What do you think is going to be in trend in photo retouching in the next 5 years?

Natural trend will not lose its relevance, it’s rapidly rising instead. It is absolutely normal if you do not remove individual features of a person, such as moles, diastema and others. I will make a research about trends in retouching and will share it on my Instagram soon.

What advice can you give to ones who just starting retouching? 

If I could go back to the past and give advices to myself, as a starting retoucher, I would say the following: to spare no expense and to buy a graphic tablet for photo retouching, to get a good computer monitor, which accurately displays colours; to have more computer RAM and powerful processor. These are essential things that make the retouching process faster and easier and also protect your eyes and save nerves.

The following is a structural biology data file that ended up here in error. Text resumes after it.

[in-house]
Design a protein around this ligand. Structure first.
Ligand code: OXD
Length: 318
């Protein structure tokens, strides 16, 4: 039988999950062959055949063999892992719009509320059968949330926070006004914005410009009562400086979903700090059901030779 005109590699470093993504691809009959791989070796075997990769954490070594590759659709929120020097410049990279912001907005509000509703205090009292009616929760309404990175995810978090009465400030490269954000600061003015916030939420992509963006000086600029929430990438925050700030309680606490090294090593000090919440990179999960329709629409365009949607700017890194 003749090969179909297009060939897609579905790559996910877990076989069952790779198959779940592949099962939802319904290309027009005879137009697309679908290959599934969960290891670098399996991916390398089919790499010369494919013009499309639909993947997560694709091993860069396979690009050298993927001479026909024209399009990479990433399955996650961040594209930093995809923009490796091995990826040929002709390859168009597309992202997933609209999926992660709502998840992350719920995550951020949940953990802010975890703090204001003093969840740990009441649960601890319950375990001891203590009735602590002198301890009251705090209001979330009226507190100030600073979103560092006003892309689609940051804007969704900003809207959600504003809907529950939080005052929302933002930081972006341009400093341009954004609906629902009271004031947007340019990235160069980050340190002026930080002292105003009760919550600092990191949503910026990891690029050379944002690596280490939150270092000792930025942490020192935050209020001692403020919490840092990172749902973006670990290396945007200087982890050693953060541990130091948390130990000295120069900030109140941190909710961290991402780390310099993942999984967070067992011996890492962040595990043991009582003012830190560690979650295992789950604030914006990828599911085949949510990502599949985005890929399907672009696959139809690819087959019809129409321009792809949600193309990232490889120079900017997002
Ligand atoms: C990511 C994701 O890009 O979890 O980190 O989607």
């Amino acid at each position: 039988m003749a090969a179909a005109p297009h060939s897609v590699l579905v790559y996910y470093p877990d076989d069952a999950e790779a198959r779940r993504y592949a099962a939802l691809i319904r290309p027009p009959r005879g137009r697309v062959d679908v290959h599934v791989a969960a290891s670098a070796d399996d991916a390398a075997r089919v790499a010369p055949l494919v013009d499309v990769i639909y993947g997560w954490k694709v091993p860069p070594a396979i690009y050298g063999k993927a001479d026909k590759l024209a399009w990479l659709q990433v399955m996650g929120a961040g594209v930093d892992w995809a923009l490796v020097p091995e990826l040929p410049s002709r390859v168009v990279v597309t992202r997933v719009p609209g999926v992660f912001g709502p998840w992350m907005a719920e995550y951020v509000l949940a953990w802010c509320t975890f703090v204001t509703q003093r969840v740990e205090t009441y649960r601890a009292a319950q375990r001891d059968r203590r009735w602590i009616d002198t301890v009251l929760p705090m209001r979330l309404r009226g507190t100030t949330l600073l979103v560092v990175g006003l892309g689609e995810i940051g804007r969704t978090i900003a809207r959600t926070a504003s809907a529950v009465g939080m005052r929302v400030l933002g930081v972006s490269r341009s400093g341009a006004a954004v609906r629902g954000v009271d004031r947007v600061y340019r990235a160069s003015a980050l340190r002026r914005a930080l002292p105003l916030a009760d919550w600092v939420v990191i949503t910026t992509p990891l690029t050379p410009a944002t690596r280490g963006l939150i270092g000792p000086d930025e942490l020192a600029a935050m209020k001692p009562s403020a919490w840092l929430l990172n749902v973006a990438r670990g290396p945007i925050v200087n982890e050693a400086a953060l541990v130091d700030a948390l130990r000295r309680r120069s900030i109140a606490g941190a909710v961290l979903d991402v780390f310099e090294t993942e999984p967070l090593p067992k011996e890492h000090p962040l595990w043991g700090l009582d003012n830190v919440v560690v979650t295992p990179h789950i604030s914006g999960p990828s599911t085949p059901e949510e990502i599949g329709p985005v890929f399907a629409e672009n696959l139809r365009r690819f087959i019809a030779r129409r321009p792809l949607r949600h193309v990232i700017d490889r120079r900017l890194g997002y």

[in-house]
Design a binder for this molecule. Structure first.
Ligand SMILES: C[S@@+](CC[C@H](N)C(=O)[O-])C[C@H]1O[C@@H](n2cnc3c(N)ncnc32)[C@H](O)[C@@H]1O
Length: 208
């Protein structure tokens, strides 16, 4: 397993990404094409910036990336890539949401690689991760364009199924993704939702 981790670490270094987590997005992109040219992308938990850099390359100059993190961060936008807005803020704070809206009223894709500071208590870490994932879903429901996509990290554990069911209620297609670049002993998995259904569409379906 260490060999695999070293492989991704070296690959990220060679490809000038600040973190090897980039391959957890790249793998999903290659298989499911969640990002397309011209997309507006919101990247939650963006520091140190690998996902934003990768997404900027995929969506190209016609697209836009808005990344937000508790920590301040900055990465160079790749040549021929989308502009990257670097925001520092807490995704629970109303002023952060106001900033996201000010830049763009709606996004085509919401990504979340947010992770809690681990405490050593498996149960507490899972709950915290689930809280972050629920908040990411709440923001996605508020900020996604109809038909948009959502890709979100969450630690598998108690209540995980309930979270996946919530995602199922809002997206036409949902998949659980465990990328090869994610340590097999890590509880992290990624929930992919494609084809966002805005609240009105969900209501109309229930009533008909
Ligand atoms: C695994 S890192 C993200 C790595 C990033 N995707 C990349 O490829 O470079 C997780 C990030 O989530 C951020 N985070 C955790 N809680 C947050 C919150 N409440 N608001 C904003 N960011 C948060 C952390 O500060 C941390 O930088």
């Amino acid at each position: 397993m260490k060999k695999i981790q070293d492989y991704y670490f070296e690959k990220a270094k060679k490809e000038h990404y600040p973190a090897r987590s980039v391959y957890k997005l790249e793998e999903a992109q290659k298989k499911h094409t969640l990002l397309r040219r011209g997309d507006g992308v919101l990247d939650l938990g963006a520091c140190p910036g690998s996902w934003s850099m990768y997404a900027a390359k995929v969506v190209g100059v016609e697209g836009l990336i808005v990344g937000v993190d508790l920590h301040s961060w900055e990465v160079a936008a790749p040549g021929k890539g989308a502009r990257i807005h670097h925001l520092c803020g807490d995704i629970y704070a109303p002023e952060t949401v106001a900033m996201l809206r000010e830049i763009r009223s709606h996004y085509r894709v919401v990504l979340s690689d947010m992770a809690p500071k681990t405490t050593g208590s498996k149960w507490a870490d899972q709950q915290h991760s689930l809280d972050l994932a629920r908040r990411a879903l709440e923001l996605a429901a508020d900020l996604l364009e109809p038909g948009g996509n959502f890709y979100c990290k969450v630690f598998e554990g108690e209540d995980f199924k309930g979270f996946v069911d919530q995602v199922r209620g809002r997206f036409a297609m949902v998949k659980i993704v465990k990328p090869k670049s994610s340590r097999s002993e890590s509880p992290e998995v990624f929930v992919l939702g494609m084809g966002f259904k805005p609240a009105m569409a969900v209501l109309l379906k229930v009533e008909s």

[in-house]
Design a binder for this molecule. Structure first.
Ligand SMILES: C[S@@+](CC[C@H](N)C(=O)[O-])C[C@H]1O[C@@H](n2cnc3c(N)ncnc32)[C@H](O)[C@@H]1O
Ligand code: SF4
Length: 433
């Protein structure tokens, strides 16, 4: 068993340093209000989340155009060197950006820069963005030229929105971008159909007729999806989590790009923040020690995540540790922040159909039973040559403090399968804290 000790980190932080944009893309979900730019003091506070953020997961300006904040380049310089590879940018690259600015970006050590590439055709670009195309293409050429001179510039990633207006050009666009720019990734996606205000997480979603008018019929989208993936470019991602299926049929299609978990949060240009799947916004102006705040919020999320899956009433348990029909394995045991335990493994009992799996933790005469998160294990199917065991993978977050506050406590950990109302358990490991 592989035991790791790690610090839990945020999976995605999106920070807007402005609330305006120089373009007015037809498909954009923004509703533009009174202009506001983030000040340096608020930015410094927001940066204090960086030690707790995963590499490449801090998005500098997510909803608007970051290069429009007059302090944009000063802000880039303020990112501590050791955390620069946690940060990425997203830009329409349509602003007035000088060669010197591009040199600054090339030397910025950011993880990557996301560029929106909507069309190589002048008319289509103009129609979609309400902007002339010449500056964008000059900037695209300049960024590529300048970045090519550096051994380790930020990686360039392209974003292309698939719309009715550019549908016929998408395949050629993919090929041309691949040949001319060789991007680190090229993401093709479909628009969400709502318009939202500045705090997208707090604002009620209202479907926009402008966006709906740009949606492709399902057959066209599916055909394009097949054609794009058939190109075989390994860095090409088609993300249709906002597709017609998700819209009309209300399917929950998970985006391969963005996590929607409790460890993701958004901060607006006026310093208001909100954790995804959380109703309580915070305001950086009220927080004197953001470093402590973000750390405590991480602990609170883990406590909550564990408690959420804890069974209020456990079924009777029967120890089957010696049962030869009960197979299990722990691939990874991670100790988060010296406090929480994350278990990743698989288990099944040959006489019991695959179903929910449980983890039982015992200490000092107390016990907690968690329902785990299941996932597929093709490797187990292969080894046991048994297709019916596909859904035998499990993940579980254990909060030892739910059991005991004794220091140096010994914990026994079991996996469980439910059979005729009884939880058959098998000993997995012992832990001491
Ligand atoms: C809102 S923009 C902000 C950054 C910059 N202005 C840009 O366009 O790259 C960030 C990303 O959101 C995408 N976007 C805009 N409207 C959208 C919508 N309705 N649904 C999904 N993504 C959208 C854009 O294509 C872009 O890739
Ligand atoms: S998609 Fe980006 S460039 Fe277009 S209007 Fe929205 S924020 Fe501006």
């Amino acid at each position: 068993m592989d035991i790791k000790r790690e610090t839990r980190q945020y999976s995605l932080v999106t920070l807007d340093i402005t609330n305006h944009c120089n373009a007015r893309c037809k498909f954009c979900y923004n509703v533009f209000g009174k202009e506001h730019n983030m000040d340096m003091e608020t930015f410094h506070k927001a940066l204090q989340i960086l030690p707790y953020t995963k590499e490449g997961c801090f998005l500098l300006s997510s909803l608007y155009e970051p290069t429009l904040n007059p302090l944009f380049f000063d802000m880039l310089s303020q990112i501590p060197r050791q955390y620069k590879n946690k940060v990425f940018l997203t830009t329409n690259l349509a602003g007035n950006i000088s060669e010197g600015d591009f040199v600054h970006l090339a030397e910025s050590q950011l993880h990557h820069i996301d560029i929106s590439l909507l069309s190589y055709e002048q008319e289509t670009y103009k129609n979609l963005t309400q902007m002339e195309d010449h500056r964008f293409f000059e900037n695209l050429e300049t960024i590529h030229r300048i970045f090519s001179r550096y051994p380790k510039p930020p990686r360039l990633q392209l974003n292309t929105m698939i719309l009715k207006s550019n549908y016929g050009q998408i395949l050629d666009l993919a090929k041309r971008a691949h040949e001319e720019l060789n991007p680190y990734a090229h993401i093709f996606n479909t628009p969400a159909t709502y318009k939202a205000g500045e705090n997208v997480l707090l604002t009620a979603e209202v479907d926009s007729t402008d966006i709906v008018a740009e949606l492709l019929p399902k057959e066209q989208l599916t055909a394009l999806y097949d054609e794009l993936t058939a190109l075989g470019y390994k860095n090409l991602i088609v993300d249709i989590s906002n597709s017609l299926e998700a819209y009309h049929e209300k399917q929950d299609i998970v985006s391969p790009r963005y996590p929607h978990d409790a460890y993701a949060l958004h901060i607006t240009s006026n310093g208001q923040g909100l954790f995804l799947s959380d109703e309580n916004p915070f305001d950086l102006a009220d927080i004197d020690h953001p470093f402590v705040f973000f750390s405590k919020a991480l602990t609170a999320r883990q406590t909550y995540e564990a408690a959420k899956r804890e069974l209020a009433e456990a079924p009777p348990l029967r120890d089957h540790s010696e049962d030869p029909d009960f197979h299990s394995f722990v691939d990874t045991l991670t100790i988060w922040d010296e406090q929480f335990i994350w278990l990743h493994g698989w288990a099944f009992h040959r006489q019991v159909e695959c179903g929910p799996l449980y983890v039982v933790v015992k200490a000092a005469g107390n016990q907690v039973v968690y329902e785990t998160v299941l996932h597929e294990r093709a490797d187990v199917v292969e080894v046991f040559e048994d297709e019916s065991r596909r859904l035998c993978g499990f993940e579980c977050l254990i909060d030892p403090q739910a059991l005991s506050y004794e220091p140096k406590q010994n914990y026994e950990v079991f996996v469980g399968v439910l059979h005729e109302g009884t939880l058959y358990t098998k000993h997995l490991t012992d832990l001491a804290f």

Moreover, it is important to explore the industry, to do qualitative retouch, to meet the deadlines and to not under-value the cost of your work. Doing what you love should not only realize your creative potential, but also bring you a good income. I teach my students these all.

Interviewers Daria Maksimova, Julia Dyakova
Translator Anastasia Ageenko
Respondent Alina Baikova, Instagram @baikova.alina
Photo by Alexander Croft @alexandercroft
Special for OSSMA, Issue February, 2021